Paul Hopkins: Our right to die, with our dignity intact

It is quite understandable that the Catholic Church, given its fundamental credence, is against abortion, the taking of a (potential) life as they see it. Also, too, they have issues with the upcoming landmark legislation to deal with infertility and domestic surrogacy in Ireland. The legislation deals with domestic 'altruistic' surrogacy, pre-implantation genetic diagnosis and embryo screening procedures. Sadly, up to 2,000 children in Ireland, born through surrogacy, are still awaiting a formal retrospective recognition of their parentage in Ireland.

So to euthanasia, the right to have a say in your own dying. Irish bishops have written an open letter rejecting proposals to introduce legislation on assisted dying. as the "deliberate taking of human life undermines a fundamental principle of civilised society".

The letter comes after the Joint Oireachtas Committee on Assisted Dying have recommended the Government introduce legislation allowing for assisted dying under "restricted" circumstances.

The committee's final report, earlier this year, recommended that only a person diagnosed with a condition that is incurable and irreversible, advanced, progressive and will cause death, is expected to cause death within six months, or causes suffering to a person that cannot be relieved in a manner that the person finds tolerable, is eligible to be assessed.

The bishops have said the State would "contribute to undermining the confidence of people who are terminally ill and want to live life fully as possible until death naturally comes" by introducing the proposed legislation. They also argue that people with intellectual disabilities would be "particularly vulnerable" and the legislation would do "untold damage" to the integrity of the Irish healthcare system.

It read: "Once life is taken away, autonomy is also taken away. The church does not and never has insisted on the use of extraordinary means to prolong life. Nor is there any moral obligation on a sick person to accept treatment which they feel is unduly burdensome. A decision to end life prematurely, however, cuts off any prospect of growth or healing and represents a failure of hope."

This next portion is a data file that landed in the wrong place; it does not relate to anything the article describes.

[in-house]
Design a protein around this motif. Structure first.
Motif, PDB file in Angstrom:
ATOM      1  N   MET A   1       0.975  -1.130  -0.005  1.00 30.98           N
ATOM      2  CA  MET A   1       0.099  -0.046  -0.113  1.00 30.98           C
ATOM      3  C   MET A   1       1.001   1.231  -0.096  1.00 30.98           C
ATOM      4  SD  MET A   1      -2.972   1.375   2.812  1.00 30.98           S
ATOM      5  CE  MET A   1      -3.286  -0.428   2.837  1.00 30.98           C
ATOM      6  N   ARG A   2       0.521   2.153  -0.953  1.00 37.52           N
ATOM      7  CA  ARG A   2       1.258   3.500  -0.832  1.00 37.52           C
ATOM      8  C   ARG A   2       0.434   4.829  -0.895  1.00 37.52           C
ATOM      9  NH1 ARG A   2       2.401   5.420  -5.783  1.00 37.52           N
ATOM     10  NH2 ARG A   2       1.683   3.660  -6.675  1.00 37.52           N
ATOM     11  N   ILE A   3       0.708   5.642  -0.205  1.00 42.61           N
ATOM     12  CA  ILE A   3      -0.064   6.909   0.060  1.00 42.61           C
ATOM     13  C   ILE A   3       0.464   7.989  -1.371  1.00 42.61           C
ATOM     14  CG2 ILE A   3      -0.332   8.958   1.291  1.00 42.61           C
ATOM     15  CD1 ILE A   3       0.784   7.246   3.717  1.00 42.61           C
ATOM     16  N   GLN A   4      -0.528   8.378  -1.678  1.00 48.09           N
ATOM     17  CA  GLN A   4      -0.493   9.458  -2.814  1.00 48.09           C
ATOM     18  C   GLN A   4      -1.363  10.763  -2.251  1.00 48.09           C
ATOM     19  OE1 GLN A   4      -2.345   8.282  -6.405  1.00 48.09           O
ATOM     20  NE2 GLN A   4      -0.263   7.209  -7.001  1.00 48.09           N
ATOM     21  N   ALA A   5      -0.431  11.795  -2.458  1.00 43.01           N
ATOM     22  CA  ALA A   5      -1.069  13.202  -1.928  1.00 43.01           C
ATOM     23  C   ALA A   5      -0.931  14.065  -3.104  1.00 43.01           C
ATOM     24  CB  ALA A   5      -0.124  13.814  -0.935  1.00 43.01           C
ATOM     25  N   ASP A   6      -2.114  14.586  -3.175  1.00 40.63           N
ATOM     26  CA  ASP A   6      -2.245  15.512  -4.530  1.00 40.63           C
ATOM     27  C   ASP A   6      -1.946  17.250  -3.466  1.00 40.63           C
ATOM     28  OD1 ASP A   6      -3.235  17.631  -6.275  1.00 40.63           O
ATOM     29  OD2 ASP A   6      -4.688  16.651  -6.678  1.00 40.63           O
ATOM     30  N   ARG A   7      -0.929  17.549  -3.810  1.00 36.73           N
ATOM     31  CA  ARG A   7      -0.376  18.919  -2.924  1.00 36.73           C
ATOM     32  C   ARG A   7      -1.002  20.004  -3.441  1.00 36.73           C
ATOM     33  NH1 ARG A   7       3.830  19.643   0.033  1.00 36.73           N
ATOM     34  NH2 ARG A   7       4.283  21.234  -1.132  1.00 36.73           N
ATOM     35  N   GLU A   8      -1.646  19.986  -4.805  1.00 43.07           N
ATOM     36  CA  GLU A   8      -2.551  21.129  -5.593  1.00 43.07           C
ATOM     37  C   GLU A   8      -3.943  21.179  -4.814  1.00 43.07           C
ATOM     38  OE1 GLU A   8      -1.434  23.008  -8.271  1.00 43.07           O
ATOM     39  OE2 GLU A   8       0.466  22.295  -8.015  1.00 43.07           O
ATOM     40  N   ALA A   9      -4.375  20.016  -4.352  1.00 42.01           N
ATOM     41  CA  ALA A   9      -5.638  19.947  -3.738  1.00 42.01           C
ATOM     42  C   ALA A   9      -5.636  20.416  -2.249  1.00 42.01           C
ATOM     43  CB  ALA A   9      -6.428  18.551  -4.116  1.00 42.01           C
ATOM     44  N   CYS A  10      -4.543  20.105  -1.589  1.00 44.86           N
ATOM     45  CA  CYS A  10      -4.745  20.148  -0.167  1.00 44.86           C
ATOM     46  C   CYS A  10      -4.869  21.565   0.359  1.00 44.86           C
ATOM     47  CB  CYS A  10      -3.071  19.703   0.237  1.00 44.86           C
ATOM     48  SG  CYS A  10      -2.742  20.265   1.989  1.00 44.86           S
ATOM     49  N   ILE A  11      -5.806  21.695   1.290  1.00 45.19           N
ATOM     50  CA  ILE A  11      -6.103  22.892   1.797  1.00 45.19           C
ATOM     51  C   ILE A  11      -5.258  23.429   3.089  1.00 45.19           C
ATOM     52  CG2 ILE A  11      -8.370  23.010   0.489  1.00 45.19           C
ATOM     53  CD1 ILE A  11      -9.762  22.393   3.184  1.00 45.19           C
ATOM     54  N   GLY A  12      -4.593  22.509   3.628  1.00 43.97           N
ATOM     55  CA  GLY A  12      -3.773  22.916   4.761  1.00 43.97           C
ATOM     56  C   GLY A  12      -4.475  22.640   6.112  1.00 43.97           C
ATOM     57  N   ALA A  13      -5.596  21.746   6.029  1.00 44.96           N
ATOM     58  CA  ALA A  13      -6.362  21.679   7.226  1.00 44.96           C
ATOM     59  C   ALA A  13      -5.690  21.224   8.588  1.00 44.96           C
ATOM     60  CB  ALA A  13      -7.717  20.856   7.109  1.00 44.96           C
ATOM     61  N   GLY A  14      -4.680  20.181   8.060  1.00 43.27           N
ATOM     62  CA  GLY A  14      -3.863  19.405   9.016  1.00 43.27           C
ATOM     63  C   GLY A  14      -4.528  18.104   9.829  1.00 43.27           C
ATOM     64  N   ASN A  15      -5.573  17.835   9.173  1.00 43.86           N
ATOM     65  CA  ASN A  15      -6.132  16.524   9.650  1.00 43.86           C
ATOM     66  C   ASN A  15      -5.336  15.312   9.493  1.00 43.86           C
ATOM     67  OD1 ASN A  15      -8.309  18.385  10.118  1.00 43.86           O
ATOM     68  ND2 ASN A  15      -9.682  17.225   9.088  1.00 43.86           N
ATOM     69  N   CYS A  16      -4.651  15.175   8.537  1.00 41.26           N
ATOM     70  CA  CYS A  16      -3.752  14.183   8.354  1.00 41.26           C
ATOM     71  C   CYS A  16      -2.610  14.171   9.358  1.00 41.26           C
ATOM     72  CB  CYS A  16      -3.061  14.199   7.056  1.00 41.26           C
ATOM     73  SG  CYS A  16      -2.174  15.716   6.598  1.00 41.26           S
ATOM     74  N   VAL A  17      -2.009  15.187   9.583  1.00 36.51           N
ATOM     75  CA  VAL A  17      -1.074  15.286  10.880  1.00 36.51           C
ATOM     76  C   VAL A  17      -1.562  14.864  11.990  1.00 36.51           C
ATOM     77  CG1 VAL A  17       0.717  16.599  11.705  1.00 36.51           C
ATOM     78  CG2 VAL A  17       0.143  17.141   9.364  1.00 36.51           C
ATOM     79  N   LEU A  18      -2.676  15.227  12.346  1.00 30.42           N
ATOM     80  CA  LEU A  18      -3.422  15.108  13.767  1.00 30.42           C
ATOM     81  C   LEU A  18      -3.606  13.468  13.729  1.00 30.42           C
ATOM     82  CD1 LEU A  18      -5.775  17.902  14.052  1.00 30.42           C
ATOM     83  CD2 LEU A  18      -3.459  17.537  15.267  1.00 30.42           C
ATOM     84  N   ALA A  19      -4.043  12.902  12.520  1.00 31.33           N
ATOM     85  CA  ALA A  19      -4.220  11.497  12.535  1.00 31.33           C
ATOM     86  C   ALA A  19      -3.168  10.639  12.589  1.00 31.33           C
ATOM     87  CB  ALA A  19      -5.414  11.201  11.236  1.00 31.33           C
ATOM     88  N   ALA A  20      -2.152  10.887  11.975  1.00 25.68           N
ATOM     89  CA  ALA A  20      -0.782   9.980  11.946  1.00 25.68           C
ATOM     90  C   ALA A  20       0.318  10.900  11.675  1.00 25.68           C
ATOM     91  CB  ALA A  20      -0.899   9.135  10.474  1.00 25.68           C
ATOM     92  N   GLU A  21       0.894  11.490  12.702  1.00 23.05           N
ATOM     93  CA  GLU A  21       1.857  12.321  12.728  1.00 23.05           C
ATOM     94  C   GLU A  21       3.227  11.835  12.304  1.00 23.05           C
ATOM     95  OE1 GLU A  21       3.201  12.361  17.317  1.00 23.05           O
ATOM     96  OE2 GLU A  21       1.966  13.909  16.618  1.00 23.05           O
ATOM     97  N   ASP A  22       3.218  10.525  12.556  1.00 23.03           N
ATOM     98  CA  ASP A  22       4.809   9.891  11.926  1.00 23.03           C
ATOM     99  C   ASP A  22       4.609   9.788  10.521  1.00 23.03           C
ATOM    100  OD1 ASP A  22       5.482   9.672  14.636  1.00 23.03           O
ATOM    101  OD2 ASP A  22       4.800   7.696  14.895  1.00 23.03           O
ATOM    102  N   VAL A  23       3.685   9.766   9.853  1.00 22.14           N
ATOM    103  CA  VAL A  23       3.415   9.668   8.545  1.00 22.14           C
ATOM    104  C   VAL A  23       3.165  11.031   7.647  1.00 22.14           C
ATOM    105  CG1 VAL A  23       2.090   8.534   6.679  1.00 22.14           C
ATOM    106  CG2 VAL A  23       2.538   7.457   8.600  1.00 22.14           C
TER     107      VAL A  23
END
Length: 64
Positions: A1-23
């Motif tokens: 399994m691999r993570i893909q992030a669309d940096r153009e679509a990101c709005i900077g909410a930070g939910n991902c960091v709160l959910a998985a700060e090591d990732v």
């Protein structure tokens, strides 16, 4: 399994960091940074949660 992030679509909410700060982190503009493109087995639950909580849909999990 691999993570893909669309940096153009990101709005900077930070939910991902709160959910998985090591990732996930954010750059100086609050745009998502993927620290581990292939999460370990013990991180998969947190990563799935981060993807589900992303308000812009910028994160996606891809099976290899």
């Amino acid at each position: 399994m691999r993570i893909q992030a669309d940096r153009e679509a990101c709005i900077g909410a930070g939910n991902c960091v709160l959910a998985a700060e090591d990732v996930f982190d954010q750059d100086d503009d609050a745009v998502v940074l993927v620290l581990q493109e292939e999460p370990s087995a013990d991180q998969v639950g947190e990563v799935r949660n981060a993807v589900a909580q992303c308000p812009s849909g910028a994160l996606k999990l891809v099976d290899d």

As far back as 2011, the European Court of Human Rights judged that "voluntary assisted dying should be legalised as a choice alongside other options ... be it palliative care or hospice work".

Last autumn, the Oireachtas committee heard that 12 people from Ireland had availed since 2003 of assisted dying with the Swiss clinic Dignitas. Dignitas has members from around 100 countries and assists in about 200 to 250 'suicides' annually. More women than men seek the service but, controversially, according to reports, less than 50 per cent are terminally ill at the time.

It seems we're caught between the rock and the hard place. Picture a society in which patients are routinely euthanised — whether they want their lives to end or not — if their suffering cannot be alleviated without dulling their consciousness, eradicating their independence, or dismissing their dignity. Defenders of such might argue that the duty to prevent suffering makes the policy persuasive. A reasoned response would be that, while suffering and loss of independence are undesirable, only the person enduring such should decide if it is unbearable. Provided, the patient is competent to decide – and that, arguably, might prove legally dicey.

When my father died, my mother knew there was no going back. She didn’t want to go on. She was in stage four of an incurable cancer. Being of sound mind, she told the doctor she didn’t want to take any more medicine.

“I’ve had a good life,” she quietly told me.

So, one blue-skied day in September of the miillennium year, with my siblings and I by her side, she slipped into a coma, the loving hospice nurse cradling my mother’s shrunken head in her lap. A few days later she died, peacefully and relatively pain-free. At 82 years, with an incurable disease, she chose her own time of going along with that last vestige of humankind, her dignity.

Under Irish law, adults have the right to refuse medical treatment, even if such is required to save their life, as long as they have ‘sufficient capacity’, to 'understand' the making of such a decision.

Was my mother's going not a passive euthanasia of sorts, practised already in our wonderfully caring hospices?

In the 36 years since renowned GP Paddy Leahy first broached the subject, only now are we legally seeking to rectify the matter.

The bishops are wrong. I strongly believe that, ethically, we should have the right to control our own bodies and choose when and how we die.

With our dignity unsullied ...